• Domtar Ashdown Mill Power Boiler No. 2: EPA proposed that BART for SO2 is an emission limit of 0.11 lb/MMBtu on a 30 boiler-operating-day rolling average, which it estimated is representative of operating the existing venturi scrubbers at 90% control efficiency and can be achieved through the installation of scrubber pump upgrades and use of additional scrubbing reagent. EPA indicated that boiler-operating-day is defined as a 24-hour period between midnight and the following midnight during which any fuel is fed into and/or combusted at any time in the Power Boiler. EPA invited public comment specifically on the appropriateness of the agency’s proposed SO2 emission limit. It proposed to require compliance with this BART emission limit no later than three years from the effective date of the final action, but invited public comment on the appropriateness of a compliance date anywhere from 1–5 years. It also proposed to require the source to demonstrate compliance with this emission limit using the existing continuous emissions monitoring system (CEMS). EPA proposed that BART for NOX is an emission limit of 345 lb/hr on a 30 boiler-operating-day rolling averaging basis, consistent with the installation and operation of LNB. It indicated that boiler-operating-day is defined as a 24-hour period between midnight and the following midnight during which any fuel is fed into and/or combusted at any time in the Power Boiler. It proposed to require compliance with this emission limit no later than three years from the effective date of the final rule, and invited public comment on the appropriateness of this compliance date. It also proposed to require the source to demonstrate compliance with this emission limit using the existing CEMS. Power Boiler No. 2 is subject to the Boiler Maximum Achievable Control Technology (MACT) standards for PM required under CAA section 112. EPA proposed to find that the current Boiler MACT PM standard satisfies the PM BART requirement for Power Boiler No. 2. It also proposed that the same method for demonstrating compliance with the Boiler MACT PM standard is to be used for demonstrating compliance with the PM BART emission limit. EPA proposed to require the source to comply with this emission limit for BART purposes as of the effective date of the final rule.

EPA is finalizing the FIP with certain changes to the initial proposal in response to comments received during the public comment period. In particular, it is finalizing: a bifurcated NOX BART emission limit for White Bluff Units 1 and 2; an SO2 BART emission limit for the Domtar Ashdown Mill Power Boiler No. 1 in the form of lb/day based on a 30 boiler-operating-day average instead of lb/hr based on a 30 boiler-operating-day average; and an SO2 BART emission limit for the Domtar Ashdown Mill Power Boiler No. 2 in the form of lb/hr based on a 30 boiler-operating-day average instead of lb/MMBtu based on a 30 boiler-operating-day average.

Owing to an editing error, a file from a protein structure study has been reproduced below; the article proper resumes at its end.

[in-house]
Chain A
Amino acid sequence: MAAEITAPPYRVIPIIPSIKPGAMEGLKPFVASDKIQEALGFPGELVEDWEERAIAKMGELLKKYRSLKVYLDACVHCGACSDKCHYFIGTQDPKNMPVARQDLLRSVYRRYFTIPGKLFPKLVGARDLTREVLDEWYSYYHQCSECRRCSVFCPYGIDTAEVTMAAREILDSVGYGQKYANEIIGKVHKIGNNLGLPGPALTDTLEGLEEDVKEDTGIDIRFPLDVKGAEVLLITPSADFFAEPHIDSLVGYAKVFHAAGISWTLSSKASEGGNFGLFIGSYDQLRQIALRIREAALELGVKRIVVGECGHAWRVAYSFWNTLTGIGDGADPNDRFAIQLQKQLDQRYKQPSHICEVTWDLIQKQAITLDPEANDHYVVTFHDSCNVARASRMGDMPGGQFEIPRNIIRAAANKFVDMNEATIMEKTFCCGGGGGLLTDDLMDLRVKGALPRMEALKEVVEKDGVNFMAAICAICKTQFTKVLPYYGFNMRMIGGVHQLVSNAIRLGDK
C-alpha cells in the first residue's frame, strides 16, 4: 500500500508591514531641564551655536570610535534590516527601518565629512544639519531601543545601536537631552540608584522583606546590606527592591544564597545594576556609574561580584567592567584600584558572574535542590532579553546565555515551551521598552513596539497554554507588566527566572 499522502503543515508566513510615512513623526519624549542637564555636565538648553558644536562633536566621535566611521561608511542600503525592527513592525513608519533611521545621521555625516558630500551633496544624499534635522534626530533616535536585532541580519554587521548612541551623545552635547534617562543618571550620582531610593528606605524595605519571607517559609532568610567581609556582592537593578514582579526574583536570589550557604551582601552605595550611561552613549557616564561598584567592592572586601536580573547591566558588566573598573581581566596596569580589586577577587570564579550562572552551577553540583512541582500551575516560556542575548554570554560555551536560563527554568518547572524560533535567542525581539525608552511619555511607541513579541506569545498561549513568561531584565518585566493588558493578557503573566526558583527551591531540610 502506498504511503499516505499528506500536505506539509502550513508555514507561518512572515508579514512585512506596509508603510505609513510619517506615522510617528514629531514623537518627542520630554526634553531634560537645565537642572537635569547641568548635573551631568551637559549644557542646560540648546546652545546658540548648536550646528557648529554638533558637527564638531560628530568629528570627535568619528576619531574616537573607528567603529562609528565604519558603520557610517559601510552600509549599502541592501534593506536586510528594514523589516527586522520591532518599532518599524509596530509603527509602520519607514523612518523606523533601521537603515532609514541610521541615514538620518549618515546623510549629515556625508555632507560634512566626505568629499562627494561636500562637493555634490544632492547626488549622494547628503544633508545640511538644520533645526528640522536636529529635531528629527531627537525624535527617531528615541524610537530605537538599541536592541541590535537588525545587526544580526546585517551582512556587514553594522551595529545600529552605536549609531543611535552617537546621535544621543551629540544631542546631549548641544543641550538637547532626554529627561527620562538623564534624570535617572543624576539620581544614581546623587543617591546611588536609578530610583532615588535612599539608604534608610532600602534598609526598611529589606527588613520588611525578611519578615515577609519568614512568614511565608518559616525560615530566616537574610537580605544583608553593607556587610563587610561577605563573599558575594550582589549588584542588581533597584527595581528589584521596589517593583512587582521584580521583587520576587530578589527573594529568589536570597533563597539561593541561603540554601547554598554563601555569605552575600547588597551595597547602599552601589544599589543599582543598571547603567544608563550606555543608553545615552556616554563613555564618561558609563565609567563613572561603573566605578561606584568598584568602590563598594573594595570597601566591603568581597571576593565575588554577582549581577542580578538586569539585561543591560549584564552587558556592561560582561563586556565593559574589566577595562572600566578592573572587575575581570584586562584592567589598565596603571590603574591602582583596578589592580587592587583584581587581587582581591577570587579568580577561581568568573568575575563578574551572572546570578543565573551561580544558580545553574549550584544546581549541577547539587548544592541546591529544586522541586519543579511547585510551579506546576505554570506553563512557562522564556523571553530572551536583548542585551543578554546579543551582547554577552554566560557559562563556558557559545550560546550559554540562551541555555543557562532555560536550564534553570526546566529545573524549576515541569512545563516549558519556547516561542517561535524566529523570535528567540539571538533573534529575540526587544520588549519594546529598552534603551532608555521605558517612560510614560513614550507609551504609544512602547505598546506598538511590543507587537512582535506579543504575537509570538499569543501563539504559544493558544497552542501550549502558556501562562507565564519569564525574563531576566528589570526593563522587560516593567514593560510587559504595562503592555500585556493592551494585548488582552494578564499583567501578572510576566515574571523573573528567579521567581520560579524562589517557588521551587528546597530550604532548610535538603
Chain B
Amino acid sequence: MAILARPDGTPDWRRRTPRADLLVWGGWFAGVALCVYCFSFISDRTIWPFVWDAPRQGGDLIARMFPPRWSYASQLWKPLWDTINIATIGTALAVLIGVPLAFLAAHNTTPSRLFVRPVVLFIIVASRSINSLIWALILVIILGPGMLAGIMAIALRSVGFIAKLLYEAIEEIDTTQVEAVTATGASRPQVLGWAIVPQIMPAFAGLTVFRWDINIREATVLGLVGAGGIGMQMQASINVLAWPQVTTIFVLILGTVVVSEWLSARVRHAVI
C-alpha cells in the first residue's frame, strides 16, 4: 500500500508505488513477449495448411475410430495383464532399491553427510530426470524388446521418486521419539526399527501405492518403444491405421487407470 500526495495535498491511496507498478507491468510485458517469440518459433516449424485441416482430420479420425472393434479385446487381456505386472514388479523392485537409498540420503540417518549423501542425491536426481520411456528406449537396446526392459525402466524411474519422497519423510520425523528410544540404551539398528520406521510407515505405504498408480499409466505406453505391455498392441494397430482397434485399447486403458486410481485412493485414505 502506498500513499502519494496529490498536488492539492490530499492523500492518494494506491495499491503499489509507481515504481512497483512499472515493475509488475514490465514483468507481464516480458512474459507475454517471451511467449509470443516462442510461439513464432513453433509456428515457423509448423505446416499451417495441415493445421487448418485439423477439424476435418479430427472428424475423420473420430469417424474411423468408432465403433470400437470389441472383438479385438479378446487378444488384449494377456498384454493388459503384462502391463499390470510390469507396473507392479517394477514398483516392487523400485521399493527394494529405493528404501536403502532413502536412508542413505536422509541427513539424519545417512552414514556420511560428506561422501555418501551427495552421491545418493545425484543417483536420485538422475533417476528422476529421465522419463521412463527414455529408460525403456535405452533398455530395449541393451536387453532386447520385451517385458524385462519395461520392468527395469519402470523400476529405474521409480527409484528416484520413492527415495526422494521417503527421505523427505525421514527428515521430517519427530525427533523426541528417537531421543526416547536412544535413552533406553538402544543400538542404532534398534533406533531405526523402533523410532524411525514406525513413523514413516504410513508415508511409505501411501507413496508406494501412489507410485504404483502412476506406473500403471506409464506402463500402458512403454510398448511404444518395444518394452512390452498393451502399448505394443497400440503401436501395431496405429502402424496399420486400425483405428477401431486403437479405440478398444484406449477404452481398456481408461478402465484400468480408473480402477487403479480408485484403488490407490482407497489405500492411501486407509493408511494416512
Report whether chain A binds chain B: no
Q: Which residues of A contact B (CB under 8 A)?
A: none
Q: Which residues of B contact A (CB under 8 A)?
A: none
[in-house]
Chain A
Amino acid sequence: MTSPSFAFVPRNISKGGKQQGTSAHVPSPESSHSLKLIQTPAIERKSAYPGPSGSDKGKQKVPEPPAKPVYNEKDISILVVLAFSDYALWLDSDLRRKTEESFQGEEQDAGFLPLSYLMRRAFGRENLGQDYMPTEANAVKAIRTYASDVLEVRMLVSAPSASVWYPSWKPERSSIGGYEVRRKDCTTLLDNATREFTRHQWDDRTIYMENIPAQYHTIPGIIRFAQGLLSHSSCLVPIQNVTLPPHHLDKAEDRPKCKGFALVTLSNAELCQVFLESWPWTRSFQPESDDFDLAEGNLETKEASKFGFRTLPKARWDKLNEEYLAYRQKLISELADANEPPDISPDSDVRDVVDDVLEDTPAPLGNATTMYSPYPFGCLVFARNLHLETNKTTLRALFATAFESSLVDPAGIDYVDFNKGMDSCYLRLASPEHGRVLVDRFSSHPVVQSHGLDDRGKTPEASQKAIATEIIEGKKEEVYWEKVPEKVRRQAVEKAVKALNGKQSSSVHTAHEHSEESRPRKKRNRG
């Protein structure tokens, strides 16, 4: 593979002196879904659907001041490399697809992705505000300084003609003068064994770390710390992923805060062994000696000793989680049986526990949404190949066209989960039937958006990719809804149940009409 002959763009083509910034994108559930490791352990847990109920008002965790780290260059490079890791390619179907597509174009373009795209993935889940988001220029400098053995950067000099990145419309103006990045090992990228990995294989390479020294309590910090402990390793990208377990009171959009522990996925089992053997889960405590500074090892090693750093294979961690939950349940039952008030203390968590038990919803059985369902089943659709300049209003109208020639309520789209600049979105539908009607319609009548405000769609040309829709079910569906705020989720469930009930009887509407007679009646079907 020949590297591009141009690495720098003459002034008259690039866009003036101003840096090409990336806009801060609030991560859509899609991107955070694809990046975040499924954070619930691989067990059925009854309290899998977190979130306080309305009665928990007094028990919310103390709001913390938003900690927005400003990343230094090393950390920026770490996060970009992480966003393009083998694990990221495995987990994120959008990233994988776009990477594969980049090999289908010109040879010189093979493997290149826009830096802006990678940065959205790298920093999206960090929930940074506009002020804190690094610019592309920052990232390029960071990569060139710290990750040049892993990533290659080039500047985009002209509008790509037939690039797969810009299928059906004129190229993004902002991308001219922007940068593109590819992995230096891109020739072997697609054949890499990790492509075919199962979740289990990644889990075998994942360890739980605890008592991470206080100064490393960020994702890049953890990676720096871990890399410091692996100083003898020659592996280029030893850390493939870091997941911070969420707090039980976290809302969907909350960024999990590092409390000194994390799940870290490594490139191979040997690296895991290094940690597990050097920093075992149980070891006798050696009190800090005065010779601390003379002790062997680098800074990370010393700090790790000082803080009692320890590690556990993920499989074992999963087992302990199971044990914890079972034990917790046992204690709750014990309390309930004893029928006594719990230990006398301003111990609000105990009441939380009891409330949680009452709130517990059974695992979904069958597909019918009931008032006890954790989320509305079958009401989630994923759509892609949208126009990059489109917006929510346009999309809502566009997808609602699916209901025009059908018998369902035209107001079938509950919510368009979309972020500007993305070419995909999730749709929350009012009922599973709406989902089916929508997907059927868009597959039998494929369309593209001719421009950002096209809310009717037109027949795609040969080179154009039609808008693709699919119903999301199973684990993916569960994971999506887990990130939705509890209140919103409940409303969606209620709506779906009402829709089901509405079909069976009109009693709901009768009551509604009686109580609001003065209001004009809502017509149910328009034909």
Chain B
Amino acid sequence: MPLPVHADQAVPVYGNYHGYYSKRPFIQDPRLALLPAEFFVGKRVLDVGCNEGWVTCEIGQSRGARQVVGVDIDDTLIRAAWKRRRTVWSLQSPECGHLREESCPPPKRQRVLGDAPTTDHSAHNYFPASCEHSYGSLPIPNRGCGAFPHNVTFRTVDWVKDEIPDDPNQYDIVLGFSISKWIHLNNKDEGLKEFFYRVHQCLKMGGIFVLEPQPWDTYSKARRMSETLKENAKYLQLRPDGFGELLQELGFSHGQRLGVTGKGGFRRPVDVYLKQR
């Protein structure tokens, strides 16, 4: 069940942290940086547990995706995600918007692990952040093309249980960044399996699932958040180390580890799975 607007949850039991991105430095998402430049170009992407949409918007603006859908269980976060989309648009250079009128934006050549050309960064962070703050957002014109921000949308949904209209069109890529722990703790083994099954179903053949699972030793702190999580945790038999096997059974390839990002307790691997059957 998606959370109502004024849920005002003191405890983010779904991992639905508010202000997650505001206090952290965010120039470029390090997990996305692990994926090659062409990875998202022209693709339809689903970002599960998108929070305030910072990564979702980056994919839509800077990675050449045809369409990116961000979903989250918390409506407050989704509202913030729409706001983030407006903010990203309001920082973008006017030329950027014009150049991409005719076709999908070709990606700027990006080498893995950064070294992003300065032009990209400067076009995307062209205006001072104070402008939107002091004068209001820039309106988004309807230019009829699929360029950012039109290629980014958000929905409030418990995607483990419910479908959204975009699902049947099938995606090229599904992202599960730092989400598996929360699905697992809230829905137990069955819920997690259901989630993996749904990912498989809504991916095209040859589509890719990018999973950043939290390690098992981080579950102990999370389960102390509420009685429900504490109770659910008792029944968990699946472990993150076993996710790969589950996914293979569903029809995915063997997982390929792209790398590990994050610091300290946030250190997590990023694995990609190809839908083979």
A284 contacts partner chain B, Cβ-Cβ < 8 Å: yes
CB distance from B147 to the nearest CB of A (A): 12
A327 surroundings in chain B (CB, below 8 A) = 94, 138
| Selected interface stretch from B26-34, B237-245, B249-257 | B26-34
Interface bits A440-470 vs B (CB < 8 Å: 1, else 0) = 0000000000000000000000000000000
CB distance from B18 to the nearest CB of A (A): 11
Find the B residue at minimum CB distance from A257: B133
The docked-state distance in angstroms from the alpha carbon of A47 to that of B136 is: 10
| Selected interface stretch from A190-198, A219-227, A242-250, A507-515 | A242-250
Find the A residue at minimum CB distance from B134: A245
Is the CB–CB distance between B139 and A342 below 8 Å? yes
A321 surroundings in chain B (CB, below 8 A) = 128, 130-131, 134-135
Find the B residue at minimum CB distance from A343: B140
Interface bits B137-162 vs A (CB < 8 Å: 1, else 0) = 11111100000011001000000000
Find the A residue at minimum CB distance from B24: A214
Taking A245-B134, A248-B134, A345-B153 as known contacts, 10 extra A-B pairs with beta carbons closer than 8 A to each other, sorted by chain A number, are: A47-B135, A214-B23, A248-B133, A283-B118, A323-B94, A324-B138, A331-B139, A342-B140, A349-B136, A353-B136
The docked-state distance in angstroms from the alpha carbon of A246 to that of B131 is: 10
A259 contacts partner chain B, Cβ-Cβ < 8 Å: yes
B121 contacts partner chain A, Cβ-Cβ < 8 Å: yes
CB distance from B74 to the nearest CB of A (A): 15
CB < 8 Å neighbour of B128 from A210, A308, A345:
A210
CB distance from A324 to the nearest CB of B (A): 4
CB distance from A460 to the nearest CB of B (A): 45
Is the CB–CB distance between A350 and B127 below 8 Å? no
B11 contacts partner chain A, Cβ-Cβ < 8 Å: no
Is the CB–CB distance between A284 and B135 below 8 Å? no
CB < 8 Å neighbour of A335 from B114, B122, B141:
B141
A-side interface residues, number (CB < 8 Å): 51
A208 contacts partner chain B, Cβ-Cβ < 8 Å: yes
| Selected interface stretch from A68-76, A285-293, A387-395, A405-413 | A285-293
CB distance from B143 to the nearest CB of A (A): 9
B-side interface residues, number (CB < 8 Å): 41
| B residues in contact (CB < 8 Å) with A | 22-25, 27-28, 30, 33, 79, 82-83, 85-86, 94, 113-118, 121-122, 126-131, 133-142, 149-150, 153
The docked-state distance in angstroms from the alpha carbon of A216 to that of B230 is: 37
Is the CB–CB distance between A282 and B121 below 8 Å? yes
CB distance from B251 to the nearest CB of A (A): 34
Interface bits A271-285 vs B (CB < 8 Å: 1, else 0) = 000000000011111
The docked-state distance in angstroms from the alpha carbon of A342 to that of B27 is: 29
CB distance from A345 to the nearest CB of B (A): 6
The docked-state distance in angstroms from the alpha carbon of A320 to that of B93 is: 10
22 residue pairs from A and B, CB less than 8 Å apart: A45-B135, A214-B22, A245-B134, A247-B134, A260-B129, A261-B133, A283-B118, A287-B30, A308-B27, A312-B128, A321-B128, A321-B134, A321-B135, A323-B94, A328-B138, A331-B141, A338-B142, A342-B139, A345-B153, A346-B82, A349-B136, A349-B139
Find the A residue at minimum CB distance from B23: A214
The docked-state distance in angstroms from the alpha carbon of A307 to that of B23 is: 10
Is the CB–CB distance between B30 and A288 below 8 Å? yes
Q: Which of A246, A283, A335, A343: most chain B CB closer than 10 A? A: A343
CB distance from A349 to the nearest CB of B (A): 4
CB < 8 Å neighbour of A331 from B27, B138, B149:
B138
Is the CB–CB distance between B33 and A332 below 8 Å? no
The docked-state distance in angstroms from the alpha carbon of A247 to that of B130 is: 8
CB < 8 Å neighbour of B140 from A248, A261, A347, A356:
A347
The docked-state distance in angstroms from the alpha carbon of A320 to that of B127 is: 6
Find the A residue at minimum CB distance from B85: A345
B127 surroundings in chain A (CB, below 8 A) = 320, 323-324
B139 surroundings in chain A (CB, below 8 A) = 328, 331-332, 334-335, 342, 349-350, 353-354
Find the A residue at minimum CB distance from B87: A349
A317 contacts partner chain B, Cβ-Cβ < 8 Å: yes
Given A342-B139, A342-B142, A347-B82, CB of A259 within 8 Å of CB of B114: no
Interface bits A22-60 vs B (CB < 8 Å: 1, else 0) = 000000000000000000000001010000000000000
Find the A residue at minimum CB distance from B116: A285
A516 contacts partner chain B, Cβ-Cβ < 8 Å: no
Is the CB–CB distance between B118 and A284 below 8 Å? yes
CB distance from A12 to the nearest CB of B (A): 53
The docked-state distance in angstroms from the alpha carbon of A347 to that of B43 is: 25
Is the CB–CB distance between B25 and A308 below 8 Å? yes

In light of information received during the public comment period, it is also adjusting the compliance dates for some of the BART determinations. It is requiring AEP Flint Creek Unit 1 to comply with the SO2 BART emission limit within 18 months of the effective date of this final action, instead of the five-year compliance date it proposed.

EPA is requiring AEP Flint Creek Unit 1 and White Bluff Units 1 and 2 to comply with the NOX BART emission limit within 18 months of the effective date of this final action, instead of the three-year compliance date it proposed.

EPA is requiring the Domtar Ashdown Mill to comply with the SO2 and NOX BART emission limits for Power Boiler No. 1 and the PM BART emission limit for Power Boiler No. 2 within 30 days from the effective date of this final action instead of on the date of the final action. It is requiring the Domtar Ashdown Mill to comply with the SO2 and NOX BART emission limits for Power Boiler No. 2 within five years of the effective date of this final action, instead of the three-year compliance date it proposed.

EPA is making some adjustments to the requirements for demonstrating compliance, testing, reporting, and recordkeeping for SO2 and NOX BART for the Domtar Ashdown Mill Power Boiler No. 1 and for SO2, NOX, and PM BART for Power Boiler No. 2. It is also revising the definition of boiler-operating-day as it applies to Power Boilers No. 1 and 2 under this FIP.

EPA is finalizing SO2 and NOX controls under reasonable progress for Independence Units 1 and 2 (its proposed Option 1). In response to comments received during the public comment period, it is finalizing a bifurcated NOX emission limit for Independence Units 1 and 2 and requiring the source to comply with the NOX emission limit within 18 months of the effective date of this final action instead of the three-year compliance date it proposed.

Taking into consideration the BART factors, EPA is finalizing its determination that BART for SO2 for White Bluff Units 1 and 2 is an emission limit of 0.06 lb/MMBtu on a 30 boiler-operating-day rolling average, consistent with the installation and operation of dry FGD or another control technology that achieves that level of control. It is requiring the source to comply with this emission limit no later than five years from the effective date of the final rule.

Taking into consideration the BART factors, EPA is finalizing its determination that BART for SO2 at Flint Creek is an emission limit of 0.06 lb/MMBtu on a 30 boiler-operating-day rolling average, which is consistent with the installation and operation of NID technology, which is being installed at the plant.

About Barry Cassell 20414 Articles
Barry Cassell is Chief Analyst for GenerationHub covering coal and emission controls issues, projects and policy. He has covered the coal and power generation industry for more than 24 years, beginning in November 2011 at GenerationHub and prior to that as editor of SNL Energy’s Coal Report. He was formerly with Coal Outlook for 15 years as the publication’s editor and contributing writer, and prior to that he was editor of Coal & Synfuels Technology and associate editor of The Energy Report. He has a bachelor’s degree from Central Michigan University.